The actor, well known for portraying Dick Cheney as a villain, provoked alarm in Hollywood by showing up last Saturday at a Ted Cruz rally in Iowa.
AMES, Iowa â€” Oscar-winning actor Richard Dreyfuss â€“ star of Jaws and Mr. Hollandâ€™s Opus â€“ was on hand, somewhat inexplicably. He quietly nabbed a reserved front-row seat as Cruz made his own entrance. Afterward, in a brief interview, he said he wasnâ€™t there to support Cruz and isnâ€™t supporting any candidate.
â€œItâ€™s the politics of my country, so Iâ€™m interested,â€ he said.
â€œNo,â€ he said, when it was pointed out that his presence suggested support. â€œIt suggests that Iâ€™m interested in what he has to say.â€
â€œWe come at it from different places. But he reveres the Constitution and the Bill of Rights. When you seek to be the president of a country that has 300 million people, you canâ€™t get everyone on the same platform. You canâ€™t. But if you can make it clear that the most important things are shared, then fine.â€
So upset with this evidence of ideological treason was the entertainment community that Dreyfuss’s son felt obliged to defend his father at the Puffington Host:
My father, actor Richard Dreyfuss, is taking heat for attending a Ted Cruz rally. I shouldn’t have to write this, but here goes: curiosity is not a sin.
My father went to a Ted Cruz rally. My father also won an oscar in the ’70s, and his name is Richard Dreyfuss. Those two things are only related because by virtue of being famous, my father’s attendance at a Cruz rally got written about by a couple of media outlets. Those write-ups were absorbed by a number of mouth-breathers, and so began The Dumb.
Let me clarify. When asked if his being there suggested he supported Cruz, he responded, “It suggests that I’m interested in what he has to say… It’s the politics of my country, so I’m interested.” This seems like a pretty clear answer to me. I don’t necessarily endorse these views, but I’m curious about them because they are poised to have a very big effect on me and my country.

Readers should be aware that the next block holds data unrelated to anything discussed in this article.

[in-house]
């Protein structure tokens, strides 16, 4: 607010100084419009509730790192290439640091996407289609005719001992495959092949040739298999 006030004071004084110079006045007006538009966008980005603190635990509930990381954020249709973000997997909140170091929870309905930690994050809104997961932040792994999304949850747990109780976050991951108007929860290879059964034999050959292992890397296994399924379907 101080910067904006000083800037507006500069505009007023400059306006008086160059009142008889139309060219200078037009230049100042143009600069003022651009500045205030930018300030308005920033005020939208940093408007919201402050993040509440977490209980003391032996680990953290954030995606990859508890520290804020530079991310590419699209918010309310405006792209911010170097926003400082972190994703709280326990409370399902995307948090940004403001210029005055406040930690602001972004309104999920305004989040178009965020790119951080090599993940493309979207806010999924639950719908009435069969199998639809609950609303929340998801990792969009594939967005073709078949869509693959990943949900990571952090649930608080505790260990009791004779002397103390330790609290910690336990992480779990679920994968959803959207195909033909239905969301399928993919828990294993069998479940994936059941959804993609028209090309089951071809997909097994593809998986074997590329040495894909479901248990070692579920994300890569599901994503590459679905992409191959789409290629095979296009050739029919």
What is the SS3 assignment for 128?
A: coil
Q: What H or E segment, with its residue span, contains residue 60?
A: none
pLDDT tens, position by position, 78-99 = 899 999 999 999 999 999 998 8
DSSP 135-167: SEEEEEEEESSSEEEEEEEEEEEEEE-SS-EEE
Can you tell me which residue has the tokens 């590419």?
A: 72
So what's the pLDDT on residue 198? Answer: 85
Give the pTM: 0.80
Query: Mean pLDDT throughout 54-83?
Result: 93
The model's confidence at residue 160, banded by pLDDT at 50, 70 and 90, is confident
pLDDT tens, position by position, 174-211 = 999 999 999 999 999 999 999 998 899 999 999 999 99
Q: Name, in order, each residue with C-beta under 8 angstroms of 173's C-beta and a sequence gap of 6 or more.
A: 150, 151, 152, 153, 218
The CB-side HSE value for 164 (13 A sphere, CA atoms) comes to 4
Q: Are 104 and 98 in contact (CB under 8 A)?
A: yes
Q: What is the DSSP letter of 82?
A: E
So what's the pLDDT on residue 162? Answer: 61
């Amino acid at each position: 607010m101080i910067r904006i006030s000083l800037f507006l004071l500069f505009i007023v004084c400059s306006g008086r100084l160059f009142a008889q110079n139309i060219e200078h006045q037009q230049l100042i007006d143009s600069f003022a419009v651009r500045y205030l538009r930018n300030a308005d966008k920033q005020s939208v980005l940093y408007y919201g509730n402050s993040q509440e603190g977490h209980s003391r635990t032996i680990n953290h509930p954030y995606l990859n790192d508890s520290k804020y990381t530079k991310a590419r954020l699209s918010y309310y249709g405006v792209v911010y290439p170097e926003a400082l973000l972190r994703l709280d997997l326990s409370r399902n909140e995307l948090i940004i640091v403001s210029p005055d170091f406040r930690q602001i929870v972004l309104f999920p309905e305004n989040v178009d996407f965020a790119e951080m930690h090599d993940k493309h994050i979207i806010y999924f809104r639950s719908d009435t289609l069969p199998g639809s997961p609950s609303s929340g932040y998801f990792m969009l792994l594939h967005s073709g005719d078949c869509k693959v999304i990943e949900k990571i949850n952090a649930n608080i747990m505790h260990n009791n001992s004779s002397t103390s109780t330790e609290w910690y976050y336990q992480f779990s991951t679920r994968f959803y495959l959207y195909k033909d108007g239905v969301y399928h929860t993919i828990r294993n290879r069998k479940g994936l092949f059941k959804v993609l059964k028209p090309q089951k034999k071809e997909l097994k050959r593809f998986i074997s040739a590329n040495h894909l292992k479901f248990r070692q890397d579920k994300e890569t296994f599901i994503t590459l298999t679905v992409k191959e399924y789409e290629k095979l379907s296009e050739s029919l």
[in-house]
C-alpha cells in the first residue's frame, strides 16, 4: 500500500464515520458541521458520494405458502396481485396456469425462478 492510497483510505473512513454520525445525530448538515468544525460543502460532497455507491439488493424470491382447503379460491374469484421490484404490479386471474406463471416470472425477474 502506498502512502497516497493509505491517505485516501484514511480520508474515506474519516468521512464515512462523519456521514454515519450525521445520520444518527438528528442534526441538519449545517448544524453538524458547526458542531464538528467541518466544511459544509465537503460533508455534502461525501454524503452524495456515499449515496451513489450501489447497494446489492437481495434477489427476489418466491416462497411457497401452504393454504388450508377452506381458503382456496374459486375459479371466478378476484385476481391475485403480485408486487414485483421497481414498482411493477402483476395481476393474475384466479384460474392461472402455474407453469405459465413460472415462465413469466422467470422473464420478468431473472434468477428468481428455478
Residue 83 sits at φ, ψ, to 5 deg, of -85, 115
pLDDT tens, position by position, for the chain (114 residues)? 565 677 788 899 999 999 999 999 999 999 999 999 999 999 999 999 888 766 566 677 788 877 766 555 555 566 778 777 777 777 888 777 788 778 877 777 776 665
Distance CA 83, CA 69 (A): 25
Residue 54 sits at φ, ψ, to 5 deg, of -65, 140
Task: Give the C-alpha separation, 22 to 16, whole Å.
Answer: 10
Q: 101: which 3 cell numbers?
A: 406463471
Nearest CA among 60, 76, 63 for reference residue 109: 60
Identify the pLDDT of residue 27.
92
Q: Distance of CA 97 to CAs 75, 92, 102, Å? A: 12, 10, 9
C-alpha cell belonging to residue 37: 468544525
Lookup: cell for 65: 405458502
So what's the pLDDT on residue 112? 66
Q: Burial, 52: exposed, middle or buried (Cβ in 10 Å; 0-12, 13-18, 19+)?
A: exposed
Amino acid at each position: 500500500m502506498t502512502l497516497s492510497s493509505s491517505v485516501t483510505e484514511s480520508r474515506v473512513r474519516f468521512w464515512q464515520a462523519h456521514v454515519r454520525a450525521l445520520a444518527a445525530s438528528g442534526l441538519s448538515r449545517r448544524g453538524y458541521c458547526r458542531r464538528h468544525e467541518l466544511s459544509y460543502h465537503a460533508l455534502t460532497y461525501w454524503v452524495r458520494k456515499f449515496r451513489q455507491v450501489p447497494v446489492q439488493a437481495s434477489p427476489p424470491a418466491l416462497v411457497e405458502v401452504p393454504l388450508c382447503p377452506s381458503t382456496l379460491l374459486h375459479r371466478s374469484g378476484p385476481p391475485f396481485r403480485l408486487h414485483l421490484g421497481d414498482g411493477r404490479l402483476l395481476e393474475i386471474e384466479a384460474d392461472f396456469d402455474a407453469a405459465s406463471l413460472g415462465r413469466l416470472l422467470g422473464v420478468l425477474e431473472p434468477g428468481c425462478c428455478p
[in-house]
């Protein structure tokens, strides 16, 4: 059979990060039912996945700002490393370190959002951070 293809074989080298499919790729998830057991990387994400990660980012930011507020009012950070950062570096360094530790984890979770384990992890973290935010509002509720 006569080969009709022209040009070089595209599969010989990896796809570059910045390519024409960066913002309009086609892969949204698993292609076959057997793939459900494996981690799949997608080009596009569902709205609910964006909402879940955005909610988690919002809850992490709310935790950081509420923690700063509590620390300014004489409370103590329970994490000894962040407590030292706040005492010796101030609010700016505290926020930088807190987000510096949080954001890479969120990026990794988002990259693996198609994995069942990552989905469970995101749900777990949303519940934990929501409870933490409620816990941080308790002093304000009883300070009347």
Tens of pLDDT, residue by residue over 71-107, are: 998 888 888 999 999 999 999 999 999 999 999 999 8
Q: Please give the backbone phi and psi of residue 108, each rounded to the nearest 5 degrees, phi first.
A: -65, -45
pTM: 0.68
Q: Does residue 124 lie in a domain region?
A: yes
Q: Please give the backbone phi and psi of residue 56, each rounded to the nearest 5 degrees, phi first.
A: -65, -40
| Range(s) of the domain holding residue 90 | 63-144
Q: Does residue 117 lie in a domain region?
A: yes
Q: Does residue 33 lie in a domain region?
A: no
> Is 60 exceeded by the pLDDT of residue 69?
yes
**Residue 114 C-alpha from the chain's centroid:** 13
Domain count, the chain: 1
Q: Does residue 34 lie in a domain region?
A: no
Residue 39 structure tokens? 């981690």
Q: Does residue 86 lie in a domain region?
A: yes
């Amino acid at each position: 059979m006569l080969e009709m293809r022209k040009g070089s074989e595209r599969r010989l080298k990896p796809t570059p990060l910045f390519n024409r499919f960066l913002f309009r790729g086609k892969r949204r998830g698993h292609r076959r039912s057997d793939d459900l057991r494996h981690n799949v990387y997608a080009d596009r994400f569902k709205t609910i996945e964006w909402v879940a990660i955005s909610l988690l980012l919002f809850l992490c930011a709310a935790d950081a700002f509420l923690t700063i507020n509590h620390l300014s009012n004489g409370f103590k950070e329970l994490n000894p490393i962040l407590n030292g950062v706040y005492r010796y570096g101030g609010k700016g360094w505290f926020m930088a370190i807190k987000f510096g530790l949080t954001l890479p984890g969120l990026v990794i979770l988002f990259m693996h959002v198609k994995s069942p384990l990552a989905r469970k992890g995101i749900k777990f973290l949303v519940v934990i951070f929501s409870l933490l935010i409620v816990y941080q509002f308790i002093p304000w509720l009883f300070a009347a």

But clarity be damned, the same day as those articles were published I started getting calls and complaints asking me why my father was a Ted Cruz supporter. This is where we should leave the story of “Richard Goes To Ted Talk” behind, and just start talking about the principle of the thing. I’m really not trying to talk about my dad. I just want to address The Dumb.
It is not shocking that people mistake curiosity with support, but it is pathetic and it is tragic.
If you can’t stand to listen to an idea, it does not prove that you oppose it. Refusing to show interest in a different perspective should not serve as a badge of pride in your own ideas. It actually serves the exact opposite function. It proves that you don’t even understand your own opinion. If you can’t understand the argument you disagree with, then you don’t have the right to disagree with it with any authority, nor do you really have a grasp on what your own idea means in its context.
I’m not saying all ideas need to be validated, or even respected. There are absolutely some beliefs that simply deserve to be tarred and feathered and never given the time of day. Bigotry falls under this umbrella. But when some ideas are so prevalent that they hold huge sway over your own country, you’re an idiot if you decide to stuff your ears with your fingers and start humming.
As Christopher Buckley noted on Facebook:
Wunst they wuz a little actor, an Oscar he din’t lose:–
An’ when he went to hear a speech by Texas Sen’r Cruz,
His fans was heerd ta holler, an’ the left was heerd to bawl,
An’ when sonny said “he’s curious!”, they din’t believe a’tall!
An’ they hounded him in Hollywood, an’ Twitter, an’ the press,
An’ angry talk’d at tha Whole Foods, an’ ever’-wheres, I guess;
But all they ever found wuz thist his pants an’ roundabout:–
An’ the Liber-urls ‘ll git you